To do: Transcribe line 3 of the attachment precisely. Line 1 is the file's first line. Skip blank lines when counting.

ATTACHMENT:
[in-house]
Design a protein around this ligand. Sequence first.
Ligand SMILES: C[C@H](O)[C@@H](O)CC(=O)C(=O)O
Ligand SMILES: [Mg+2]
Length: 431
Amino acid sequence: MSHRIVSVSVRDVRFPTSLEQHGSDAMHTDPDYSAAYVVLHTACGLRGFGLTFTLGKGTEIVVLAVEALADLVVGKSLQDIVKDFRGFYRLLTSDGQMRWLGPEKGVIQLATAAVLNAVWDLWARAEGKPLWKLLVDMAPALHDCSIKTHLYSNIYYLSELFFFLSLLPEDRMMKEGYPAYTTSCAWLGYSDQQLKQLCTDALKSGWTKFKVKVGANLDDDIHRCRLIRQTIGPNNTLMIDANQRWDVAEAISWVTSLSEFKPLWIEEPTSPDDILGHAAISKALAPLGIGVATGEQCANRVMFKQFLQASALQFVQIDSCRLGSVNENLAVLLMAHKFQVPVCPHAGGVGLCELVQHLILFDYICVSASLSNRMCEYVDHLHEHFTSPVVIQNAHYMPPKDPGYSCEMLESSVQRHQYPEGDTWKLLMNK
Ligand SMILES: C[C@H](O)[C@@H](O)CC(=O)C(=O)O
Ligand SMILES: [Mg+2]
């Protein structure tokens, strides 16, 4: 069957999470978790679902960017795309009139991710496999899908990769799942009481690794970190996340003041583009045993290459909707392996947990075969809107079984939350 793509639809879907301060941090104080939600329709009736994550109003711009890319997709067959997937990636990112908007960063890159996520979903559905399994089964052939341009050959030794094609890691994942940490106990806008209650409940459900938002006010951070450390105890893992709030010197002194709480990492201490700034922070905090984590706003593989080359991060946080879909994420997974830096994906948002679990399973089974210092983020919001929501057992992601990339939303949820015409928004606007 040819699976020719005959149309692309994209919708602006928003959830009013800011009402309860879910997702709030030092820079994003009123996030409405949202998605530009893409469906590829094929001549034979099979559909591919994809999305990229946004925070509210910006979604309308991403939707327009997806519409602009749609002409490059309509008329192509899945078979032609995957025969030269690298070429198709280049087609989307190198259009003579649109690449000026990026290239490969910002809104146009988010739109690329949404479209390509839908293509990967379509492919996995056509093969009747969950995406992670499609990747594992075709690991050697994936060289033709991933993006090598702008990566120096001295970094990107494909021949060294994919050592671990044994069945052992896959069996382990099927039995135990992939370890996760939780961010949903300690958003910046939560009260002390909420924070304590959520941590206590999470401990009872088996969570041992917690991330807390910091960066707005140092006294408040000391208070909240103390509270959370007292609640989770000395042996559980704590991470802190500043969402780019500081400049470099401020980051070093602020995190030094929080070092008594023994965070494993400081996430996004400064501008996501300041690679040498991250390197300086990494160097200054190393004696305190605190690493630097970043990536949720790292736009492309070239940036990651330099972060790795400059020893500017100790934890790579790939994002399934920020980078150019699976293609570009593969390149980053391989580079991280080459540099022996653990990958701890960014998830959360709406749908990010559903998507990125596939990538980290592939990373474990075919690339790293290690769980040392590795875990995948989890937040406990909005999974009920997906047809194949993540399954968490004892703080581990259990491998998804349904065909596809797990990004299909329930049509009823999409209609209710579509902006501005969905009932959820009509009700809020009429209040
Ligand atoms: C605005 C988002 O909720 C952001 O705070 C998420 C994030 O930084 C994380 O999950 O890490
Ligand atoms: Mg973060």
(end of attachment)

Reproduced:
Ligand SMILES: C[C@H](O)[C@@H](O)CC(=O)C(=O)O